Towny Waco: What’s Baking at All Sugar’d Up?

(Welcome to the Act Locally Waco/Towny blog series. Towny is an app that connects consumers with local businesses for coupons and other great deals. Through this blog series, the folks at Towny will be sharing the stories behind some of our high-quality, local products and helping you get to know some of our energetic local entrepreneurs. For more posts in this blog series, click here: Towny Waco.– ALW)

By Tori Freeman

Many business owners have dreamed of owning their own store for years…not so for Kim Dailey. Though she’s never been especially artistic, she just kind of stumbled into a hidden talent of cake decorating. Turns out she stumbled into something pretty sweet. And suddenly, All Sugar’d Up was born (and we’re SO glad it was!).

What’s the scoop – or should I say slice – on All Sugar’d Up?

“Well short story version: I actually was working a full-time job in a call center and I was looking for something to do because I was bored when I got off work.

I started tinkering around with cake design and started making baby shower cakes for people at my job or their kids’ birthday cakes and then it just kind of blew up from there. I didn’t ever intend on this being what it was, but I found out that I had a knack for it. It kept growing and eventually it got to the point that I couldn’t maintain my current job and go home and bake all night long because I wasn’t sleeping.

So, I left my job at that time in 2012 and opened a store front. My husband literally found a spot that was open and he rented it. He just came in one day and said, ‘By the way, I did this. Get your stuff and go!’”

Had you always been a baker?

“Honestly, not really. My mom made my birthday cakes growing up and she was pretty crafty so she tinkered around with that kind of stuff. And I was around lots of birthday parties – my parents worked at a roller skating rink and they did birthday parties like every weekend, so I was around cake like all the time.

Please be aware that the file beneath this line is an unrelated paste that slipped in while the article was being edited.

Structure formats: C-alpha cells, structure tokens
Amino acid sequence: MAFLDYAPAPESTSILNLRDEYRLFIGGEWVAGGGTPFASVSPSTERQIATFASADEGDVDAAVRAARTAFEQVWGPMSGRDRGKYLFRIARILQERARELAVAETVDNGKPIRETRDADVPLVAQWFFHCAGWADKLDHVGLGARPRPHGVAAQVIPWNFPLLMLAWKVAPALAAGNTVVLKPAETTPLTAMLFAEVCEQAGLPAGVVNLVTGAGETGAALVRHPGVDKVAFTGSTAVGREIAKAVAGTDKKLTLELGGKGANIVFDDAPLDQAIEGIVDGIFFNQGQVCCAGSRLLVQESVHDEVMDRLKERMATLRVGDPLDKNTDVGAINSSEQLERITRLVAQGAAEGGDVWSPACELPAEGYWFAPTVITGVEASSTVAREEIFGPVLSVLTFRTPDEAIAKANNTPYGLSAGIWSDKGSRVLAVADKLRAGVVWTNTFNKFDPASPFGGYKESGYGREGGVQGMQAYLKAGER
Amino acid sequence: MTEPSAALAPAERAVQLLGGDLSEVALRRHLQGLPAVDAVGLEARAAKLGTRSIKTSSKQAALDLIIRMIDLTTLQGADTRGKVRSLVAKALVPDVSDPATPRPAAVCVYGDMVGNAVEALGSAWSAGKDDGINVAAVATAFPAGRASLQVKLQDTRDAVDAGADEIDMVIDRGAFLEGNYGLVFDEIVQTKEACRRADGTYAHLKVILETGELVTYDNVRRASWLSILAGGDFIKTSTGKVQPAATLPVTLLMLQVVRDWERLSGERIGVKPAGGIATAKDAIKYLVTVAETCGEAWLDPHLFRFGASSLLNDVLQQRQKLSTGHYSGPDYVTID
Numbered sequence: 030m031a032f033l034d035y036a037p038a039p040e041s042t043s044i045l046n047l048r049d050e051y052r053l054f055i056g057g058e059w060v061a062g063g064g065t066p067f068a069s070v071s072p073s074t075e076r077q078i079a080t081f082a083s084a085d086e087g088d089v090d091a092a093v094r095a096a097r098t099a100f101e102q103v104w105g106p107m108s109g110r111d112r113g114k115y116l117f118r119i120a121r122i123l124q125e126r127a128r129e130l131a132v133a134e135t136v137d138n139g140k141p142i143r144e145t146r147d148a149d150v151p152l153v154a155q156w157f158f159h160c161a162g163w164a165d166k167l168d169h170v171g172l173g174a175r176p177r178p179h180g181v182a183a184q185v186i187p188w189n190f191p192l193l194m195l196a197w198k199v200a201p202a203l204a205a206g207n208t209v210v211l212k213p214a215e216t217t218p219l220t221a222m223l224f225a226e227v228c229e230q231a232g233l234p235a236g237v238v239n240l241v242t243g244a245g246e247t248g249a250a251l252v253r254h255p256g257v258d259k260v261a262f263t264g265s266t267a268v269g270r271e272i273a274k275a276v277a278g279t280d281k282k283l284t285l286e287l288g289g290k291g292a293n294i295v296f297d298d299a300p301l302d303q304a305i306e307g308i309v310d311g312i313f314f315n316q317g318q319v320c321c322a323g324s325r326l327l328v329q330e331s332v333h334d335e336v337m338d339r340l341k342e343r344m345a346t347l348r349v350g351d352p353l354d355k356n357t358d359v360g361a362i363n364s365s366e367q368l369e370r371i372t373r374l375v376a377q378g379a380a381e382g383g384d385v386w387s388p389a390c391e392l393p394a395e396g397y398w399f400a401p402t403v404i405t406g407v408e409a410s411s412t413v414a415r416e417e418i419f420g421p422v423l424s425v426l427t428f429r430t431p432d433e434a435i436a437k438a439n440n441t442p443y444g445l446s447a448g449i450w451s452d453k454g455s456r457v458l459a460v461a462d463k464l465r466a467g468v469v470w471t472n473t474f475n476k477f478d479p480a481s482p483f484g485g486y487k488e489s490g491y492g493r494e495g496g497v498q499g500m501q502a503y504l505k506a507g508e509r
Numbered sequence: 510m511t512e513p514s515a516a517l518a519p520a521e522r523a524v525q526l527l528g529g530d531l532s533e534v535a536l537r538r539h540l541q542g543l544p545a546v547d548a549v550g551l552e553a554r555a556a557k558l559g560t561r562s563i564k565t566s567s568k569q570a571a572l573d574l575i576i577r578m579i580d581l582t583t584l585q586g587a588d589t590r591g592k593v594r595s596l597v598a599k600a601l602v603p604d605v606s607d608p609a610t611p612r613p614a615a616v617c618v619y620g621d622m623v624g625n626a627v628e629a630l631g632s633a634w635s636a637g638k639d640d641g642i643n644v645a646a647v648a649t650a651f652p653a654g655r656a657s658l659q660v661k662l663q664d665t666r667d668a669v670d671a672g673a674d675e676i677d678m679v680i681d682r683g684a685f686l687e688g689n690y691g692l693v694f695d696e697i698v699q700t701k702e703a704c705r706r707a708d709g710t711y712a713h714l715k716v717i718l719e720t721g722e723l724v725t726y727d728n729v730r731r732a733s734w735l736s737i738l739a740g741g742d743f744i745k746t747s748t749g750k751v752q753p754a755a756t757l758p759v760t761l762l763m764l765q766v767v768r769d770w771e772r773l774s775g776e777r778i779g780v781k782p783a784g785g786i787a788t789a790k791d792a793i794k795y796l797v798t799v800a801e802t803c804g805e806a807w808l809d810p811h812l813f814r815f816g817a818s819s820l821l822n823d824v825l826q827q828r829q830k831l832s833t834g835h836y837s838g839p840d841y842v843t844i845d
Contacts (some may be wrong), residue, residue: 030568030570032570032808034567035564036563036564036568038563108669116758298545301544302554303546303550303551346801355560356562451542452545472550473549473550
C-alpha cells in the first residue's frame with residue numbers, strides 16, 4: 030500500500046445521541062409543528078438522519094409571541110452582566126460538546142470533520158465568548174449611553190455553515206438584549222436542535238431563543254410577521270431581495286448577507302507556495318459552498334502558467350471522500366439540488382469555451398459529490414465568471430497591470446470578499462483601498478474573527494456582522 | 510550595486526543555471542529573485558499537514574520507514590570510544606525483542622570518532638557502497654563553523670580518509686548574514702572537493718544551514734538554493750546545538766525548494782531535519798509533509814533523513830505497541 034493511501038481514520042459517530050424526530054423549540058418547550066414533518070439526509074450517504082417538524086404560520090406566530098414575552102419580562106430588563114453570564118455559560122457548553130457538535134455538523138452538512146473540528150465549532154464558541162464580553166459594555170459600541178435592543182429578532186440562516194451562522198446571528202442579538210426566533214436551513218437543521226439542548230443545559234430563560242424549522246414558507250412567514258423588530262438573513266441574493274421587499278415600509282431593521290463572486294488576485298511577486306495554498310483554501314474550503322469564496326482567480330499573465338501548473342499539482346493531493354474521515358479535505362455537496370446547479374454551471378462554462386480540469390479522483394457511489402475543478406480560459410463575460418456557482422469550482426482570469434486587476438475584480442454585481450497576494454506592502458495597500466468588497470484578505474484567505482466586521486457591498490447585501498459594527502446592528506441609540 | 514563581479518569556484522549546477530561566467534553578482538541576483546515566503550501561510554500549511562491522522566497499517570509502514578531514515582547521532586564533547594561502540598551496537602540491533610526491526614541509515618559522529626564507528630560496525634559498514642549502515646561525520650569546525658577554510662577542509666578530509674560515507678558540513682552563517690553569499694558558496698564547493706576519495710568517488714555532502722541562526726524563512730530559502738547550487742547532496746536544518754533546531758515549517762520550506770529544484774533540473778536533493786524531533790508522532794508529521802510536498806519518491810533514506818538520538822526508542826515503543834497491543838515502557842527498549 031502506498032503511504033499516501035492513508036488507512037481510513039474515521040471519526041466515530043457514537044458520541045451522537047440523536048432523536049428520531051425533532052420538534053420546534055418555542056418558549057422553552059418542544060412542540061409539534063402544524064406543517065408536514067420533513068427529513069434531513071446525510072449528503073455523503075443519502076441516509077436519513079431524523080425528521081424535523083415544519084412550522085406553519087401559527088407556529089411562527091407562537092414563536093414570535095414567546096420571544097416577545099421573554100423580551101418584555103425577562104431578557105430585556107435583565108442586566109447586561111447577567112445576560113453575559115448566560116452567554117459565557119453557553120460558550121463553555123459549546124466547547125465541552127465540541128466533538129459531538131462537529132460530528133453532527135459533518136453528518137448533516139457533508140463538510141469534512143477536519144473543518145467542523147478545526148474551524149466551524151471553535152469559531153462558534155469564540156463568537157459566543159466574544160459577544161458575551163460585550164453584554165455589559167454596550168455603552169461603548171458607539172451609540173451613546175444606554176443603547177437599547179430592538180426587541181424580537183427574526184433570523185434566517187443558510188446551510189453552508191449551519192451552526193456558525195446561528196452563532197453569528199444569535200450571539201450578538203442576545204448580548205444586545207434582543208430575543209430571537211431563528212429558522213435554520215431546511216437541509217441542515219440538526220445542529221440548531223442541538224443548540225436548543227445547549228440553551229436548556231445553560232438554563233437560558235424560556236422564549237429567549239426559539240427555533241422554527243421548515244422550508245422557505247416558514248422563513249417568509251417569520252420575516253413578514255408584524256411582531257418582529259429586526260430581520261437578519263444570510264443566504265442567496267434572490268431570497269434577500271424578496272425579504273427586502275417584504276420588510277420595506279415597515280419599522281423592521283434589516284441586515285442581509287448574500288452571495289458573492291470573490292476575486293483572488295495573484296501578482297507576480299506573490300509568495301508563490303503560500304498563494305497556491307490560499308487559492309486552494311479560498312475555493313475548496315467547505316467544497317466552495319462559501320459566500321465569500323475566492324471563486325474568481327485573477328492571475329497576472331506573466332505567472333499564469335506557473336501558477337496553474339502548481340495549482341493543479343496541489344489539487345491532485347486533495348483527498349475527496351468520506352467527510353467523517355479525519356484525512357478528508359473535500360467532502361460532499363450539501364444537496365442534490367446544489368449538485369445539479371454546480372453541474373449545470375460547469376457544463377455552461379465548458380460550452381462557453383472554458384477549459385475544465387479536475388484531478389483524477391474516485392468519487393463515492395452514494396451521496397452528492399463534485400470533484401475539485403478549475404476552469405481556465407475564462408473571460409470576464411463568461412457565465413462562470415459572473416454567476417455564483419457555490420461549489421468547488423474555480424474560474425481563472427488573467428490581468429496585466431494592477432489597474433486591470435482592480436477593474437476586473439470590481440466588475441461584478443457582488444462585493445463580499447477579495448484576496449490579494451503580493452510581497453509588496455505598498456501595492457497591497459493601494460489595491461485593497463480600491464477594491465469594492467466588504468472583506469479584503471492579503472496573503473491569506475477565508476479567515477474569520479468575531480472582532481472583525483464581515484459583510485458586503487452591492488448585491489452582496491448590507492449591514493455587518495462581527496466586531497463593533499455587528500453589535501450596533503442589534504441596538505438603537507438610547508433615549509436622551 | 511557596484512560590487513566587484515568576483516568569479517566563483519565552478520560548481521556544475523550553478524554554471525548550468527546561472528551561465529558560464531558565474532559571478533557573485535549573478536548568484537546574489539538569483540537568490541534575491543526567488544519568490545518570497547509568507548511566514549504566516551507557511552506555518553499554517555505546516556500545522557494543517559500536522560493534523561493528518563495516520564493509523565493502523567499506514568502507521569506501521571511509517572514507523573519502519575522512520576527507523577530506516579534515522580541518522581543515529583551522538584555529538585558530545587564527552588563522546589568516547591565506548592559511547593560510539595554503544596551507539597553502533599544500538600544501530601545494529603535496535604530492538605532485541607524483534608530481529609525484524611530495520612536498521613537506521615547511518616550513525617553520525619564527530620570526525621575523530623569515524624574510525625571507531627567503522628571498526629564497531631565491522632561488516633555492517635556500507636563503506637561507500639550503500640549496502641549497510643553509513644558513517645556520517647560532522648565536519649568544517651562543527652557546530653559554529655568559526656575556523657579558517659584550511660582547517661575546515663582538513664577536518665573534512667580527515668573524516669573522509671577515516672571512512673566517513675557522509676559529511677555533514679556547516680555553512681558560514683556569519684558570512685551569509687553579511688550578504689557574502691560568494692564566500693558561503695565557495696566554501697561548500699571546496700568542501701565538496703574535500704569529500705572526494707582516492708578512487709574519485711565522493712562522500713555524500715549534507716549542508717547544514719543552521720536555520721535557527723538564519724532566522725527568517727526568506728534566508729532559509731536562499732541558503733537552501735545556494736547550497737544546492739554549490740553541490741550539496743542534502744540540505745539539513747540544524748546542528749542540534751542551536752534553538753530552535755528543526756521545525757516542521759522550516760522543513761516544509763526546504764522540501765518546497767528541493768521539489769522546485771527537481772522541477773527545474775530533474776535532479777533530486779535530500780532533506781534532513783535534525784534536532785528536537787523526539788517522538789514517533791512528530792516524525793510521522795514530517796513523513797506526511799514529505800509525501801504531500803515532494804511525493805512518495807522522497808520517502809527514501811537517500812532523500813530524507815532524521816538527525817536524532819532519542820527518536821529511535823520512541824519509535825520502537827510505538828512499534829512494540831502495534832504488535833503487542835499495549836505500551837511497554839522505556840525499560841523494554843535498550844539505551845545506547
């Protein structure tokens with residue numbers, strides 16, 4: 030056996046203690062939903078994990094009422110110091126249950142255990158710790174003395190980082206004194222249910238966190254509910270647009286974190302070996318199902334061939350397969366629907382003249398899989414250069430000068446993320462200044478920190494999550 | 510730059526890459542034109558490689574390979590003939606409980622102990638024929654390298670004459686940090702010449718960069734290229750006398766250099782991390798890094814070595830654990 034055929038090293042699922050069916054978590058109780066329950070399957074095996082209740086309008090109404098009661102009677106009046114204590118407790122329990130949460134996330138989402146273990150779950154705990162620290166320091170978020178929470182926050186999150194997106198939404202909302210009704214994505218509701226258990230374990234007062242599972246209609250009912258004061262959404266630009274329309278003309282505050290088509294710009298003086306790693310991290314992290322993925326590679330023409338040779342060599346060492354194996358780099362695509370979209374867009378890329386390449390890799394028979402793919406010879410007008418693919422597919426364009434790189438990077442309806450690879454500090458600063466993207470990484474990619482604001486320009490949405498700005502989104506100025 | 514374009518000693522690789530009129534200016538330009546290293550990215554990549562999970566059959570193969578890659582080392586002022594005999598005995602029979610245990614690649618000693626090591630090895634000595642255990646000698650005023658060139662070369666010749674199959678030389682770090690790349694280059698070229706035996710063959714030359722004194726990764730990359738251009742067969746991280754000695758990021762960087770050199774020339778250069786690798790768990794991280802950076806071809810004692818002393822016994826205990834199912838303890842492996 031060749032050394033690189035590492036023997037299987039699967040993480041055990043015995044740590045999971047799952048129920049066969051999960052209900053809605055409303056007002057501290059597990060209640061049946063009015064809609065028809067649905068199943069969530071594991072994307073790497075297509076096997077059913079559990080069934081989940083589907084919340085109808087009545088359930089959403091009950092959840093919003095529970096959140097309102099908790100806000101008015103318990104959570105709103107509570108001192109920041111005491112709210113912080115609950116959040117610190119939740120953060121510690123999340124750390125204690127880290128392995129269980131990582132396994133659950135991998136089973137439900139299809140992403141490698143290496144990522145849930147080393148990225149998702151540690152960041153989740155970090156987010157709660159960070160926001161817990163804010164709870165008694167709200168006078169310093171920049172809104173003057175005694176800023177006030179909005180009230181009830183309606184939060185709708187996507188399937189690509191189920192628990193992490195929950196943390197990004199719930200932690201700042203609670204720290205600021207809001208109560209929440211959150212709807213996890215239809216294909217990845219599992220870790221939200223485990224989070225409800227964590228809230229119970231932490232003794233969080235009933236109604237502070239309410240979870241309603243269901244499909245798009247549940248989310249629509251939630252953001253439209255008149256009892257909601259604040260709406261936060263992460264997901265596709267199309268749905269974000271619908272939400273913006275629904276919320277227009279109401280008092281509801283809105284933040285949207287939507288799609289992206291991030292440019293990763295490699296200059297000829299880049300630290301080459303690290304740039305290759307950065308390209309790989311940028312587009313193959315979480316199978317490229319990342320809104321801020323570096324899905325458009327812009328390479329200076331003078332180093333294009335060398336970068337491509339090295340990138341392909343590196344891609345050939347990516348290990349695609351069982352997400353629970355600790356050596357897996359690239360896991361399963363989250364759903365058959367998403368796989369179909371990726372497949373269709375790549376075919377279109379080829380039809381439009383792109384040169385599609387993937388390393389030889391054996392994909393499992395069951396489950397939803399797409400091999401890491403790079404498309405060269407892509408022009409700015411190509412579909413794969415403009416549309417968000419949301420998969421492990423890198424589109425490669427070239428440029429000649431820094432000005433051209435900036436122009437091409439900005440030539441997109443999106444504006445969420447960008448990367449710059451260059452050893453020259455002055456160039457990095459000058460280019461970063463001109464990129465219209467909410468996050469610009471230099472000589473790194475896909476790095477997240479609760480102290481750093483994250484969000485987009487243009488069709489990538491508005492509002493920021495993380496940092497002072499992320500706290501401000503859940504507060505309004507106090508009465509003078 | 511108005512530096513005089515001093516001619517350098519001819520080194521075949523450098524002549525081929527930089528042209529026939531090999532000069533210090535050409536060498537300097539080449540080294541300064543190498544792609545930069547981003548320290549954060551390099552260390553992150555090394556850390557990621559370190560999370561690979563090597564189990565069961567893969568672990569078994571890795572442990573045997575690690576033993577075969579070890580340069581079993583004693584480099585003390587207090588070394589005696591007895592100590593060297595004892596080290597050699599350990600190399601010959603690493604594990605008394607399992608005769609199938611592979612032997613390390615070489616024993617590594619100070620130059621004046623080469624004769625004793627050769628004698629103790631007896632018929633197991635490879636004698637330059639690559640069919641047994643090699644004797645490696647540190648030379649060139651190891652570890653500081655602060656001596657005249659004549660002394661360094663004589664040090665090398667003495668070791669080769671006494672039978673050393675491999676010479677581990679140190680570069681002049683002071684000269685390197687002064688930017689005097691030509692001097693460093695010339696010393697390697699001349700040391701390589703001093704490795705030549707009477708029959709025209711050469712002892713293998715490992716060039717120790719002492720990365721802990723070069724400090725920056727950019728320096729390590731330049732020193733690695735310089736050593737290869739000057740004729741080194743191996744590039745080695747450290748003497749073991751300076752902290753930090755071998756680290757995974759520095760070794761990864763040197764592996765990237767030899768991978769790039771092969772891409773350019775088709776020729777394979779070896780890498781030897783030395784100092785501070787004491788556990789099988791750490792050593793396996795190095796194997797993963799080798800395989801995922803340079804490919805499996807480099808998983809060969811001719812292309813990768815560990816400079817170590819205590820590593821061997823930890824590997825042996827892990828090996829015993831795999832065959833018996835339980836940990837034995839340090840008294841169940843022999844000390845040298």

So I was familiar with it in general but I was never really a baker. The most I ever did was make some sugar cookies or chocolate cookies or something like that.

When I decided to start tinkering around, I took a Michael’s class, just one single class that taught us how to make buttercream and icing flowers and things like that. From there I just was like, you know this is pretty cool. I can do this.

After that, I engrossed myself in anything and everything to do with cake decorating. I was online looking at stuff, I stalked people’s Facebook pages, looking at high profile celebrity bakers and watched what they did and blew pictures up and sat down and just started teaching myself. I’d sit there and work and work and work at it until I figured out the technique. So, I’ve pretty much been self-taught.”

What’s your favorite memory involving cake?

“I told you my mom made my birthday cakes as a kid, and when I think back to the very first cake I can ever remember her making, it was a sun. She made the full round cake, and then she made another one and cut it into triangles to put around the outside and iced it up in yellow and covered it in coconut. I think she used maraschino cherries for the eyes and the nose and the mouth.